World Famous Comics: Alice in Wonderland Deluxe Book and Charm (Charming Classics) |
| Alice in Wonderland Deluxe Book and Charm (Charming Classics) |
|By: Lewis Carroll|
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Number of Items: 1
Number of Pages: 176
Publication Date: April 26, 2005
Release Date: April 26, 2005
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A beautiful new edition of Steadman's 1968 work, now available in paperback.
The force of social satire and fantasy in the original text of Alice in Wonderland is as relevant today as when the book was first published in 1865. In this edition, Ralph Steadman's drawings remain faithful to the book's satirical tone while revealing his own passion for irony.
This version of Carroll's classic tale is a startling departure from the traditional Victorian or Disney approaches. In his introduction, Steadman describes how a fresh illustrative perspective created an original, modern vision. The story acquires new life with his audacious and dynamic illustrations.
The 47 pen-and-ink illustrations are the same as in the critically acclaimed 1968 British edition. Reformatted and meticulously restored, they convey the energy, imagination and power of Steadman's pen and introduce the wit and wisdom of Alice to a new generation of readers.
Source of legend and lyric, reference and conjecture, Alice's Adventures in Wonderland is for most children pure pleasure in prose. While adults try to decipher Lewis Carroll's putative use of complex mathematical codes in the text, or debate his alleged use of opium, young readers simply dive with Alice through the rabbit hole, pursuing "The dream-child moving through a land / Of wonders wild and new." There they encounter the White Rabbit, the Queen of Hearts, the Mock Turtle, and the Mad Hatter, among a multitude of other characters--extinct, fantastical, and commonplace creatures. Alice journeys through this Wonderland, trying to fathom the meaning of her strange experiences. But they turn out to be "curiouser and curiouser," seemingly without moral or sense.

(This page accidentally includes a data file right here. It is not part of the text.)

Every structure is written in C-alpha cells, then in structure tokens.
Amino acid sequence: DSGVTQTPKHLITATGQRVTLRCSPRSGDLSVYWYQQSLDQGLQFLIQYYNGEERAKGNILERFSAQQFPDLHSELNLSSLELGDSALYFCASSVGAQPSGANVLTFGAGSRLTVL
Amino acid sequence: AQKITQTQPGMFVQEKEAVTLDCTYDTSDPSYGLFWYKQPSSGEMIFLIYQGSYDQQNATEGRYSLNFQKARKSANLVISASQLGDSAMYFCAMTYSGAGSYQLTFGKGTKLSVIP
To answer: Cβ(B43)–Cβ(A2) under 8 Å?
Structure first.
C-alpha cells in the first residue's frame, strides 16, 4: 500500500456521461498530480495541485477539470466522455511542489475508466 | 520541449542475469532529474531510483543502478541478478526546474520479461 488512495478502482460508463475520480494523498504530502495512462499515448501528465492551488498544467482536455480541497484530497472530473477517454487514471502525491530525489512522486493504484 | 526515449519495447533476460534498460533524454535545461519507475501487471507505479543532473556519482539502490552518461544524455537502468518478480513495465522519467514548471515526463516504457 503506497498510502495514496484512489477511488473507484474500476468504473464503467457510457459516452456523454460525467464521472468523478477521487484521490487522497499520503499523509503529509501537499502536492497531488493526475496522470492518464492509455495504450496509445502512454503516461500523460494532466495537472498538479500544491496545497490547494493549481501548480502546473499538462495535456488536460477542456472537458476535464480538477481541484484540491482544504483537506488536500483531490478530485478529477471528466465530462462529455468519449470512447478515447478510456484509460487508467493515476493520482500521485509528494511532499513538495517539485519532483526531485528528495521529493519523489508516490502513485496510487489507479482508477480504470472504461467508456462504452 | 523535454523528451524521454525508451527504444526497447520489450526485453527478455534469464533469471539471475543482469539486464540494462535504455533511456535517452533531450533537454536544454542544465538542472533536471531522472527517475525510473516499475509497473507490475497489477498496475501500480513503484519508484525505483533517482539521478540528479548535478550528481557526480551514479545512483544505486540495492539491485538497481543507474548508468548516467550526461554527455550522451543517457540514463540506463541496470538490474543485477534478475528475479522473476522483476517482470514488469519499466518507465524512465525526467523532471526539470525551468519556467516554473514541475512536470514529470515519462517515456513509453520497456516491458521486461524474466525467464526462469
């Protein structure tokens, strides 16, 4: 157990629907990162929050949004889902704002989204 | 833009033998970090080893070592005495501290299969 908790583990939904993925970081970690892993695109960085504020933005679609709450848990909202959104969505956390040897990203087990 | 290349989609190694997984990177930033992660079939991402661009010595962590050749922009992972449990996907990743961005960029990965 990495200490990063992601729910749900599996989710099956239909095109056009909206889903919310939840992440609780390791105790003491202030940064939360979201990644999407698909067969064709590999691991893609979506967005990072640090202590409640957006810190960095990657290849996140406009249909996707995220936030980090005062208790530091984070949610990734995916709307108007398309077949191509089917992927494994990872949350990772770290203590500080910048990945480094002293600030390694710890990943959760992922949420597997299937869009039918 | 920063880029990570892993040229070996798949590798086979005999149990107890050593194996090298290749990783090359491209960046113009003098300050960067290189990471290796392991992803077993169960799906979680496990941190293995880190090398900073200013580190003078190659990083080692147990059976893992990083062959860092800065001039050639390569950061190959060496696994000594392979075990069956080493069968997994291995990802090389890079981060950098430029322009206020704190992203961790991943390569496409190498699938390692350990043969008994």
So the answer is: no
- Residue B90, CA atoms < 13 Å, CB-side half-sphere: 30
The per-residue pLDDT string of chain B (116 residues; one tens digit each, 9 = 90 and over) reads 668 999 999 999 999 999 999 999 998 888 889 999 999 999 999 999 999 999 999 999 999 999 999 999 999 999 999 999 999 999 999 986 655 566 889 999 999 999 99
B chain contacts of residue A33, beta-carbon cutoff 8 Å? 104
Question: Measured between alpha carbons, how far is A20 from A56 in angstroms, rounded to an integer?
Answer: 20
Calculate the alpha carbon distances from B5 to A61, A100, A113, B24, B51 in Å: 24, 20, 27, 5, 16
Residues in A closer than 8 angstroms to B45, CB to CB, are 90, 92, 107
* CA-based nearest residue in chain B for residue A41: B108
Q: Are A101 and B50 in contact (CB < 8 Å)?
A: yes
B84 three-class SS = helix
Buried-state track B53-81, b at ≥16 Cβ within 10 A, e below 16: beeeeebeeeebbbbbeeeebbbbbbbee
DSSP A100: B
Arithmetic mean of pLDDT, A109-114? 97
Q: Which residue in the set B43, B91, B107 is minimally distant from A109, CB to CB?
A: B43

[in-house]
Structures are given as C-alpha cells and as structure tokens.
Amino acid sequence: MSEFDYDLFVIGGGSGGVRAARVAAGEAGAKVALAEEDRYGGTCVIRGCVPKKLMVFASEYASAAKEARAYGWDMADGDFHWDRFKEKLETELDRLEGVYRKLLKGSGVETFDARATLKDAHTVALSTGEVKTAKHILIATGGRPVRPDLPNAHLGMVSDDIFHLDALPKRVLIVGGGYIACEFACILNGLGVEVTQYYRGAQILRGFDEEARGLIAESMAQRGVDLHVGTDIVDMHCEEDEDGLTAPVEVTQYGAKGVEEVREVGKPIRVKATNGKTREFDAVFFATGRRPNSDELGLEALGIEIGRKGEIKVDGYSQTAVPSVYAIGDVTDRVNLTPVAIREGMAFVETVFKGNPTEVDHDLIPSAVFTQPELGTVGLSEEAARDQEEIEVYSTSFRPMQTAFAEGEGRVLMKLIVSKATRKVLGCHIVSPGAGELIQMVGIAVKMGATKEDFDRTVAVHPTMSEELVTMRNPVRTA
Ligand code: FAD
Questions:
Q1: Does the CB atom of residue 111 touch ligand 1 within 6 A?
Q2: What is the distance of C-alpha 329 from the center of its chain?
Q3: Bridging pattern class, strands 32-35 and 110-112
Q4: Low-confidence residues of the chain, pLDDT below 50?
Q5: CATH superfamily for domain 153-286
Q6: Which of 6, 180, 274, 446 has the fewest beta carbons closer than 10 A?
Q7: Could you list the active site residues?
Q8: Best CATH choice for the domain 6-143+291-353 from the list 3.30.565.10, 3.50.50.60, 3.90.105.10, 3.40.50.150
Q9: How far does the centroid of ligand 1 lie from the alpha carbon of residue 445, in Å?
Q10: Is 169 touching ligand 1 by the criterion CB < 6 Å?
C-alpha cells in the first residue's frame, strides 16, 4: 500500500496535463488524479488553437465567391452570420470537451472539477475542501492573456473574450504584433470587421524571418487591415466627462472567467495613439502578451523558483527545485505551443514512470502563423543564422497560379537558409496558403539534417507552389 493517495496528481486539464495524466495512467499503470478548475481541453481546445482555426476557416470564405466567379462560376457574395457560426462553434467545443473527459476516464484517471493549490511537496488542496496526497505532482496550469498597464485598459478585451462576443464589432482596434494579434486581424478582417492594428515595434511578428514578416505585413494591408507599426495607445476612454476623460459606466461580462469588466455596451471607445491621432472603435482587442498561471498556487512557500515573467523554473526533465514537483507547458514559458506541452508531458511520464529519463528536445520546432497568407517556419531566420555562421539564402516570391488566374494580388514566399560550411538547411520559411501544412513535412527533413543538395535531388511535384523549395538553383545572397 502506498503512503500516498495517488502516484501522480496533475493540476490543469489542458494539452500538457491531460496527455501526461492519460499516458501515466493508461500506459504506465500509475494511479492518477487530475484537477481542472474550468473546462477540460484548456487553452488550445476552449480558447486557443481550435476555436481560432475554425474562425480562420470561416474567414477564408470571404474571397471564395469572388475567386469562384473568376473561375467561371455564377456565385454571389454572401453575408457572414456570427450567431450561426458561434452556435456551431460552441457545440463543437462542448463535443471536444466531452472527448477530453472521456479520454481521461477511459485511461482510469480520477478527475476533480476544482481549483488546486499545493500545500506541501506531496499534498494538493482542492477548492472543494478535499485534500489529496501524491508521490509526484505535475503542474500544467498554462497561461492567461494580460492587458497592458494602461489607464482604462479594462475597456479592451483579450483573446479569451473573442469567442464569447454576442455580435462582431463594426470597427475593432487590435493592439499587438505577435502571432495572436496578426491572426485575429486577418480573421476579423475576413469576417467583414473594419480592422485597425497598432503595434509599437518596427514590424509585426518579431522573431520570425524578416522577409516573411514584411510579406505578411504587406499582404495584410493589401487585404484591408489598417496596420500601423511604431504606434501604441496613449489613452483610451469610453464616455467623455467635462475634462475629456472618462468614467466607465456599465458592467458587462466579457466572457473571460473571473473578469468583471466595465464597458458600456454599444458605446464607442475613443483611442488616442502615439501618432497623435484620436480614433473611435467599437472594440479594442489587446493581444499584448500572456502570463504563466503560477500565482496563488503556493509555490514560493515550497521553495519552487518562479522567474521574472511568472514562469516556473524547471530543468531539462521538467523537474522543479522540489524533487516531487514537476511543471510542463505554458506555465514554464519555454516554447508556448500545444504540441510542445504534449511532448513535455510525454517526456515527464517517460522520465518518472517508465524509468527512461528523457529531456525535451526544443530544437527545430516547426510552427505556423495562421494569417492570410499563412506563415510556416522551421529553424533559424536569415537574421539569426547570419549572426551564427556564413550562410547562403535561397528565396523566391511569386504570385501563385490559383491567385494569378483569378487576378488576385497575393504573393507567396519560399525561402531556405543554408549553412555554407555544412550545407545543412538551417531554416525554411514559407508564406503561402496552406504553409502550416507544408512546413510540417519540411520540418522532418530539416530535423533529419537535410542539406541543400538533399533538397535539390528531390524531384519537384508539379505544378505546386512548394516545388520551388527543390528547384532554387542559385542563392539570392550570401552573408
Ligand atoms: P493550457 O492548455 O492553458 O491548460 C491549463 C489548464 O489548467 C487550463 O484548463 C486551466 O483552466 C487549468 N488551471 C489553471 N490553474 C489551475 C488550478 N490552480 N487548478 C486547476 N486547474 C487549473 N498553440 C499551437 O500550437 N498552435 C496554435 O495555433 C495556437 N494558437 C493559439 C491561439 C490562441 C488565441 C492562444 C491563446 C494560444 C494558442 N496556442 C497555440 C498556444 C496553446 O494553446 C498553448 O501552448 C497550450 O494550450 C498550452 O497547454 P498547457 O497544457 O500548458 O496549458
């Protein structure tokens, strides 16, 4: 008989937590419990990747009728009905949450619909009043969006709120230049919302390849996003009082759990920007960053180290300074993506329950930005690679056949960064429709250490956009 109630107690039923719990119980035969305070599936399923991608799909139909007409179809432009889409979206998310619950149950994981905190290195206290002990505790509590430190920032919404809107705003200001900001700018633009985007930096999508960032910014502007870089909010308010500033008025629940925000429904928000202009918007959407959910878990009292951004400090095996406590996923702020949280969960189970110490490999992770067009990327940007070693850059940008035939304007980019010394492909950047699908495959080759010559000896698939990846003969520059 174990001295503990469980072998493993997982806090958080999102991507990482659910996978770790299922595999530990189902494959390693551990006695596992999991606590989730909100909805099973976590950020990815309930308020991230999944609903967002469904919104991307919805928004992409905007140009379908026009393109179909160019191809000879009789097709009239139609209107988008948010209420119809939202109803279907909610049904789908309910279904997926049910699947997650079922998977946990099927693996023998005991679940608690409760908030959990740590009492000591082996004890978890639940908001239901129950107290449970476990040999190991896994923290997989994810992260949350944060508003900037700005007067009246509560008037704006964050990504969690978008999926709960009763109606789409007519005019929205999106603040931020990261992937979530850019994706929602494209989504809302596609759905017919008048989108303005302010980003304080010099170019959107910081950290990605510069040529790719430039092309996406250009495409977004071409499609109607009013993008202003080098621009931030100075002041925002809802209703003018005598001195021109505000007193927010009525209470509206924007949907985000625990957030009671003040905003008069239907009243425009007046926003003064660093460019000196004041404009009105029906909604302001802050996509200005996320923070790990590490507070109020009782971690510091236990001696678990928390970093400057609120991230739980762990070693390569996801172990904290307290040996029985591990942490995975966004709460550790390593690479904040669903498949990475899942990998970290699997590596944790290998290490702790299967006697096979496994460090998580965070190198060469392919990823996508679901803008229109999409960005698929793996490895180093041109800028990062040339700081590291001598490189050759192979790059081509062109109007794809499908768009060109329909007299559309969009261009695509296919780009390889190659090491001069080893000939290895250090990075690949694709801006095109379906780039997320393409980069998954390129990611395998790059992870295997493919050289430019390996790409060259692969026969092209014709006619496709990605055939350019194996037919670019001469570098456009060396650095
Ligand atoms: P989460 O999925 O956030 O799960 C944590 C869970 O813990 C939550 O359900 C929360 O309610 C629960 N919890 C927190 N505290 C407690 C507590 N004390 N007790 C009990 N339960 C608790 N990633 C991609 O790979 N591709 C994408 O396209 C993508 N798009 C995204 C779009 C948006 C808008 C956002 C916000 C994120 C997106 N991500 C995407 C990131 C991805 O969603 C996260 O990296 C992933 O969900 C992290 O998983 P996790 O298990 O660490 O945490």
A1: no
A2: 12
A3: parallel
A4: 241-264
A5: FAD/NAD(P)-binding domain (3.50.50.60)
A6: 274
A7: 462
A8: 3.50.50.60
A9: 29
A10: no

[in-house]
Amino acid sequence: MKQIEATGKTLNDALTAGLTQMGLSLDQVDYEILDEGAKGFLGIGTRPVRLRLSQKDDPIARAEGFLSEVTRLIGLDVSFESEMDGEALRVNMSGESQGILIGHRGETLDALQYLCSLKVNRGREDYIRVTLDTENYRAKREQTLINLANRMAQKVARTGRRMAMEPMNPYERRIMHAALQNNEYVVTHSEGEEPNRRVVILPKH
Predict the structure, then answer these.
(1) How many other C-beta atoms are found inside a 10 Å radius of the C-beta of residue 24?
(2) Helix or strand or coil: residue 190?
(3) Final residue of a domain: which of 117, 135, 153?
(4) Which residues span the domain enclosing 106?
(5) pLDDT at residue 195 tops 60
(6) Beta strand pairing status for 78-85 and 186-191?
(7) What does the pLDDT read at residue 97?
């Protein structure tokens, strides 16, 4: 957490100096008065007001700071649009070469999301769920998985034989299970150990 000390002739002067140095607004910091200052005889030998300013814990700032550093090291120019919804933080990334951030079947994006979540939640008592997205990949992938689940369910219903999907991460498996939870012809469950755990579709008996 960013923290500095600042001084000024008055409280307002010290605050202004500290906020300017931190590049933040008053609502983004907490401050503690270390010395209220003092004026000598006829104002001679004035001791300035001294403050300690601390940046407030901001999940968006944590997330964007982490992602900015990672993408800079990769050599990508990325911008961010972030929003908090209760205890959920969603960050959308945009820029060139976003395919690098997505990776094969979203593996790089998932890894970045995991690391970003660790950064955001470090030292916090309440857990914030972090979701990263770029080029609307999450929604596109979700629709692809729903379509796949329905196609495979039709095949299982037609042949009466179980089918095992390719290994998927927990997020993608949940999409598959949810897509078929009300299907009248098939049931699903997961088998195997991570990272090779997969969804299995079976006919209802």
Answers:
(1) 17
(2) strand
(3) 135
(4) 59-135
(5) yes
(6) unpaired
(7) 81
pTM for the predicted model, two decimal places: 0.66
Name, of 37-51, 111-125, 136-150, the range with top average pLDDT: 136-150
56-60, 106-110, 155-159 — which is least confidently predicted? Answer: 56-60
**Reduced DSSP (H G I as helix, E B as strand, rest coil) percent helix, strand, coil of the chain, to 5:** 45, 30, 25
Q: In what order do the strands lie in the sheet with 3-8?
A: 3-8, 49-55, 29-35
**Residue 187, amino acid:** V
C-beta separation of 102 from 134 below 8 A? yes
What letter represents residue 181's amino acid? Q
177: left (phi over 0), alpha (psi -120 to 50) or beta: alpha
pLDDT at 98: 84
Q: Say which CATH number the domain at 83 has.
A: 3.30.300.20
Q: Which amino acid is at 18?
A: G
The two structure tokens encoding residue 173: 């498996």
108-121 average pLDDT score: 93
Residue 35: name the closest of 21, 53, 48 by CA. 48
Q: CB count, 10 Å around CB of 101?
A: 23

For more than 130 years, children have reveled in the delightfully non-moralistic, non-educational virtues of this classic. In fact, at every turn, Alice's new companions scoff at her traditional education. The Mock Turtle, for example, remarks that he took the "regular course" in school: Reeling, Writhing, and branches of Arithmetic-Ambition, Distraction, Uglification, and Derision. Carroll believed John Tenniel's illustrations were as important as his text. Naturally, Carroll's instincts were good; the masterful drawings are inextricably tied to the well-loved story. (All ages) --Emilie Coulter
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